A recent study presented at the 2015 American College of Rehabilitation Meeting investigated the use of a smartphone app to reduce symptoms after a concussion with promising results.
We’ve recently seen a lot of attention on the use of apps to help manage concussions. NYU Langone recently launched a study using ResearchKit to better understand symptoms after a concussion. There are also a number of apps out there specifically targeted at screening for concussions.
In this study, patients aged 13-18 with a history of concussion and persistent symptoms were studied while using the app SuperBetter . Developed by one of the authors of the study after a personal history of a concussion, SuperBetter attempts to “gamify” real-world challenges, using a system of battles, rewards, and level progression.
To do this, SuperBetter features Power-Ups (such as “Chug a Glass of Water”, “Hug Yourself”,” Walk Around the Block”), Quests (“Think about your goals”, “Mood Boost” ) , and even Bad Guys (“Sticky Chair”,” Lazy Exercise Robbers”,” Self Critic”) along with unique, almost role-playing-game (RPG) mechanics. Players collect Power-ups, complete Quests, and gain skill points in Mental Resilience, Emotional Reliance, Physical Resilience, Social Resilience, plus overall skill levels. Finally, players may also unite with friends using the app to team up as Allies. There is an overall focus on Positive Health and Social Game Mechanics throughout the app, all to use the game to solve real-world problems, not just limited to recovering from a concussion or other brain injury
The concept of adding an interactive, game-style design to traditional therapy has received increasing attention. Partly driven by the plethora of mobile and console interactive entertainment options, such therapy has been utilized for other conditions, including PTSD, CVA, balance impairment, pain management, cognitive impairment, weight loss, and more 2,3. Still, there is little conclusive research to establish a novel form of game therapy as superior to more traditional interventions.
For this particular controlled intervention study, the Bad Guys were listed as symptoms of concussion (blurred vision, dizziness, light sensitivity), with PowerUps as Sleep, Sunglasses, etc. Study participants utilized the app once a day for 3 to 6 weeks. The adolescents were divided into two groups, 10 in the intervention group and 6 in the control group without exposure to the app. Final measurement outcomes included the Sports Concussion Assessment Tool-3, and Center for Epidemiology Studies Depression Scale for Children.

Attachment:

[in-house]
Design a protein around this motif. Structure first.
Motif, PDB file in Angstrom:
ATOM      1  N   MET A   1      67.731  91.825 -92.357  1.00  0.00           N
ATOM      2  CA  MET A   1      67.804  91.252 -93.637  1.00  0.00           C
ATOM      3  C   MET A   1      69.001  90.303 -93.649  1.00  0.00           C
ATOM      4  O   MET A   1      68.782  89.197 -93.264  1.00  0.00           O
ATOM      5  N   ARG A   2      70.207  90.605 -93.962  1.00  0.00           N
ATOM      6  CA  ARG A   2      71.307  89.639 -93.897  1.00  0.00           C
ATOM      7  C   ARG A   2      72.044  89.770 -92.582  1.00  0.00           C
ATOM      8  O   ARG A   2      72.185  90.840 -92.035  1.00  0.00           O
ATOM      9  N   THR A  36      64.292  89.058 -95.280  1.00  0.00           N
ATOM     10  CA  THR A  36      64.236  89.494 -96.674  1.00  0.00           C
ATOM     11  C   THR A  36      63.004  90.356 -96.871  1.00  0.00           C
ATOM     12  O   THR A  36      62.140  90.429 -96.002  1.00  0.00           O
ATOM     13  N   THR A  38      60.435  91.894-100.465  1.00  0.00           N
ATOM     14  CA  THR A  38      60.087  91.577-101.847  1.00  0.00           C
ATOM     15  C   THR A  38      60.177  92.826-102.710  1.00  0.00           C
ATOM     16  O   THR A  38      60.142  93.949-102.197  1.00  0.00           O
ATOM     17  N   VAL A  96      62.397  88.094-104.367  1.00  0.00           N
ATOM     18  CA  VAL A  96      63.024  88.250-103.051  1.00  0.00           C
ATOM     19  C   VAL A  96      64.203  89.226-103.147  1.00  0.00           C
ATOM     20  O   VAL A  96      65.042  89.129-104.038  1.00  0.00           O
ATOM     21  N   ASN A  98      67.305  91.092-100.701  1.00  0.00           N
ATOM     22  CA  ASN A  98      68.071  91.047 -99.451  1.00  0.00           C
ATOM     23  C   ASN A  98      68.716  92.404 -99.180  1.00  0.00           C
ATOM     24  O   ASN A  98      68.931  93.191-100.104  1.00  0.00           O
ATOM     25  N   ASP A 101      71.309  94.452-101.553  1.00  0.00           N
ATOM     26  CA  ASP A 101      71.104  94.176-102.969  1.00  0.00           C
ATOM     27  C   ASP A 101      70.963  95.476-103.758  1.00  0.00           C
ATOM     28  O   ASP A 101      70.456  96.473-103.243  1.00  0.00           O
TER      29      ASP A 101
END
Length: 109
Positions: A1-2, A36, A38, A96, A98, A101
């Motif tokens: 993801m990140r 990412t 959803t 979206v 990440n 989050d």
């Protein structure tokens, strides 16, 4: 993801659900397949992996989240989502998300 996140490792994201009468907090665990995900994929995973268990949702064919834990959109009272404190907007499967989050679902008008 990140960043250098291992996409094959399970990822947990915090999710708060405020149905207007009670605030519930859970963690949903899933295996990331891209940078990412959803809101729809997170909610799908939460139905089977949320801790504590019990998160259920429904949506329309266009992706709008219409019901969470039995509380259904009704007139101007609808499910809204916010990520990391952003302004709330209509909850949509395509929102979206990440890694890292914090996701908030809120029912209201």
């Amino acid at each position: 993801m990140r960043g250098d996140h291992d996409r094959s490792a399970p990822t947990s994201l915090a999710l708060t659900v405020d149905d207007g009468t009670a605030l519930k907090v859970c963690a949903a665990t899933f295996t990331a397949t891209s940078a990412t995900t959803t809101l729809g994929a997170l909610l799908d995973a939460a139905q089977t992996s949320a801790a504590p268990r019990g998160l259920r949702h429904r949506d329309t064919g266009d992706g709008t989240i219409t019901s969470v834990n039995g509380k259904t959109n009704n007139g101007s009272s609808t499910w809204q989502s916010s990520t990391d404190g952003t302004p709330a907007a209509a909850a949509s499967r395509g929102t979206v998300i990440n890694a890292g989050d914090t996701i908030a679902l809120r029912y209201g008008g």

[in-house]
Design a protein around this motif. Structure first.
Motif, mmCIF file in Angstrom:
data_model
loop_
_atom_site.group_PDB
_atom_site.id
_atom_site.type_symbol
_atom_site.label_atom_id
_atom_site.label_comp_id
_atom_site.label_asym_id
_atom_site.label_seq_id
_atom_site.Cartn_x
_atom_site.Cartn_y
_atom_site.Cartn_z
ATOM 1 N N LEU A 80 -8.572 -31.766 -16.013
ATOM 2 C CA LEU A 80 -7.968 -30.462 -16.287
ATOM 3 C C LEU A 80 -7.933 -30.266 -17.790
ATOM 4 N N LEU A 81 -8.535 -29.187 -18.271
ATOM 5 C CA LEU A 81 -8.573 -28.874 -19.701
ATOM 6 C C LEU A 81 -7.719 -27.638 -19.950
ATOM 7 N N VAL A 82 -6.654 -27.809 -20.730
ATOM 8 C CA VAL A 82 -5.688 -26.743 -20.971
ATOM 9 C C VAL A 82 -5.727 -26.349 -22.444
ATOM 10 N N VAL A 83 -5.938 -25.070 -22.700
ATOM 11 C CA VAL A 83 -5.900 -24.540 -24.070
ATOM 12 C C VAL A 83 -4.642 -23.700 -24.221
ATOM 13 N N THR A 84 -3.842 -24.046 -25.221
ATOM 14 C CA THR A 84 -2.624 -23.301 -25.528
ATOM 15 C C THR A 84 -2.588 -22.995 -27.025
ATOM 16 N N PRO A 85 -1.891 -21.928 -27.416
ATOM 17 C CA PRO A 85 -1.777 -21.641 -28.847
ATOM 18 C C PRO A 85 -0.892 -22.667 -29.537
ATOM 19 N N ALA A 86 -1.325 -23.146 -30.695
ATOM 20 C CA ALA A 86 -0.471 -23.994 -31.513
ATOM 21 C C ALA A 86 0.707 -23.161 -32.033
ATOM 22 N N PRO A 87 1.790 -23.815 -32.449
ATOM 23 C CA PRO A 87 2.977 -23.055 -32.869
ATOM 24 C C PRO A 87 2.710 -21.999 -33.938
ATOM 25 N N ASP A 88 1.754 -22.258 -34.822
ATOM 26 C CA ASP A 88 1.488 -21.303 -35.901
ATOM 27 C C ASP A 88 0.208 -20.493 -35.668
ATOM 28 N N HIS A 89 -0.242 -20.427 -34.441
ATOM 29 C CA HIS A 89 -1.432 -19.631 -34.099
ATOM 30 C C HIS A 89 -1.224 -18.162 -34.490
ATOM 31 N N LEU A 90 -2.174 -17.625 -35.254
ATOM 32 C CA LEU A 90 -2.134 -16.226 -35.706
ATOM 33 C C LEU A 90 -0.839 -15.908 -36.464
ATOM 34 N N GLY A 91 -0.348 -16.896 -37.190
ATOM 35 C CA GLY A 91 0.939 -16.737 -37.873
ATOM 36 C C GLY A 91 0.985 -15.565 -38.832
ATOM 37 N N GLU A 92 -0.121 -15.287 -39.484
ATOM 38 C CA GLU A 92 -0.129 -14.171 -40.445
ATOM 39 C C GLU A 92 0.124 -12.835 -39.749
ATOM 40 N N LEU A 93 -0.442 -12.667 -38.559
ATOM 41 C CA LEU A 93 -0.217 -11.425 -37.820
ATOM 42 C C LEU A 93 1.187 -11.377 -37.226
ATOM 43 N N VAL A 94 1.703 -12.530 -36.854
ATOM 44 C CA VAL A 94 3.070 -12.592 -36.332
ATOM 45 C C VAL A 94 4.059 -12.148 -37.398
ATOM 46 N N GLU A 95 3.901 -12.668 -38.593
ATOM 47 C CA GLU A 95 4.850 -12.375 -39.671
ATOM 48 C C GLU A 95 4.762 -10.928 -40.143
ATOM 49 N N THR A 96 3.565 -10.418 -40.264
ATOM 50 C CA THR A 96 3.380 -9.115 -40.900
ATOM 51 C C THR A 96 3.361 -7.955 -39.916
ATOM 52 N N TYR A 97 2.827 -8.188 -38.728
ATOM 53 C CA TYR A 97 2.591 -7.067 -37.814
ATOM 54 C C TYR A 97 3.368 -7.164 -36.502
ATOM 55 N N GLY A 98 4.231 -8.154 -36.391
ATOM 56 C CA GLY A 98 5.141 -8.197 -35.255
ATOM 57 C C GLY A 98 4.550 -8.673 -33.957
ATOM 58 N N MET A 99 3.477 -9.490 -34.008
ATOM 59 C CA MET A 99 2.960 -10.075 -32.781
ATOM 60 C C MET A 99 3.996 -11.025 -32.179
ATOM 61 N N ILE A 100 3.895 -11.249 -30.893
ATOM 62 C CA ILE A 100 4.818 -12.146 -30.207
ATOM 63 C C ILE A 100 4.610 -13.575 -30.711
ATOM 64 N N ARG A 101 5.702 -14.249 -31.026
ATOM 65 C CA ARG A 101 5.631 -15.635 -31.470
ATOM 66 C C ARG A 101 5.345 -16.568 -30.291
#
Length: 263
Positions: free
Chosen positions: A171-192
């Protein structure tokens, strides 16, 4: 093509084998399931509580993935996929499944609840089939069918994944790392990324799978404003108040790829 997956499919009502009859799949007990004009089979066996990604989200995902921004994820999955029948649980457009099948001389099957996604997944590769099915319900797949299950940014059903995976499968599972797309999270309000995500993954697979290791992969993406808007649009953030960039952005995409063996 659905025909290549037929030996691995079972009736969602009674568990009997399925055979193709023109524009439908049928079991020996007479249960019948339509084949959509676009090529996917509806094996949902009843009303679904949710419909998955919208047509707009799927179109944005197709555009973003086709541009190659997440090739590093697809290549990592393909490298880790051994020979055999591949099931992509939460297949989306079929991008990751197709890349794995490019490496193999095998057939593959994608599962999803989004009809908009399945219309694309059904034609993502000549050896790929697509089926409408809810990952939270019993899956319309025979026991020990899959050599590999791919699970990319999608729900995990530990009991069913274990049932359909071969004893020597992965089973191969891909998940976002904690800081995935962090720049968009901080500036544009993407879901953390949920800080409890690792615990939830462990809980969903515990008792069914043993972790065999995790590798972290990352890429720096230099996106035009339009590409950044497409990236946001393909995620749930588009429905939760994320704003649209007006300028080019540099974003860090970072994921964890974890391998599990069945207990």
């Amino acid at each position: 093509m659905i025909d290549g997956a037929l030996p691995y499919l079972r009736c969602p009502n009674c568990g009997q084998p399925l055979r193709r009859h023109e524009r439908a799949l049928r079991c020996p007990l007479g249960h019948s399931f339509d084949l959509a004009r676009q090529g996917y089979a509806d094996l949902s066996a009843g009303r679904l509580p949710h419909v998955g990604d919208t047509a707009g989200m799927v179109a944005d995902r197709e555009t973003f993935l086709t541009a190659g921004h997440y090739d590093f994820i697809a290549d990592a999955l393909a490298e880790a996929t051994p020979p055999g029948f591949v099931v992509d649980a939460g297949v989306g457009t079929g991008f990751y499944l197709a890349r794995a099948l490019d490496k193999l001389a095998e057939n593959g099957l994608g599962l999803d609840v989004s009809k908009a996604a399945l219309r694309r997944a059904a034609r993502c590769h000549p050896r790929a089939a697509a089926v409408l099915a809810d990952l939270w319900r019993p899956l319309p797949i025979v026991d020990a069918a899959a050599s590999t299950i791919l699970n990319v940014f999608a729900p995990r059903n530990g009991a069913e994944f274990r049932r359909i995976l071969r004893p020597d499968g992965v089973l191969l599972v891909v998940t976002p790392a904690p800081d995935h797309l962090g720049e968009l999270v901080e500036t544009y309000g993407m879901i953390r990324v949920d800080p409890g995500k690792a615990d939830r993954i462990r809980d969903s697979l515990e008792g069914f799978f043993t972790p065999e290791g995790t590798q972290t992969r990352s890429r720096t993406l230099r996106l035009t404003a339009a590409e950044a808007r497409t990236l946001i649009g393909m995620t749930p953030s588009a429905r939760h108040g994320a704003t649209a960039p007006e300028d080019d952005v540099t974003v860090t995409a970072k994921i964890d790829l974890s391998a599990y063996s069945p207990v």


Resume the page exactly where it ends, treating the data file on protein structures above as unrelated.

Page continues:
Upon conclusion of the study, they found all members of the intervention group had improved in both decreased symptoms and depression, with only half of the control group noting a similar improvement. With many adolescents and young adults are familiar with online role playing games, it’s interesting to see a similar approach taken towards symptoms management after a concussion.
While this small study has several limitations (including limited sample size and patient selection), it is still a noteworthy investigation into a novel approach to treating post-concussive syndrome amongst youth.. Further research utilizing gamification principles to improve rehabilitation outcomes is certainly exciting and hopefully will continue to be investigated. It would be interesting to see how linking the symptom tracking and improvements for a particular condition, in this case concussions, with providers would help improve overall outpatient therapy and tailor treatment goals.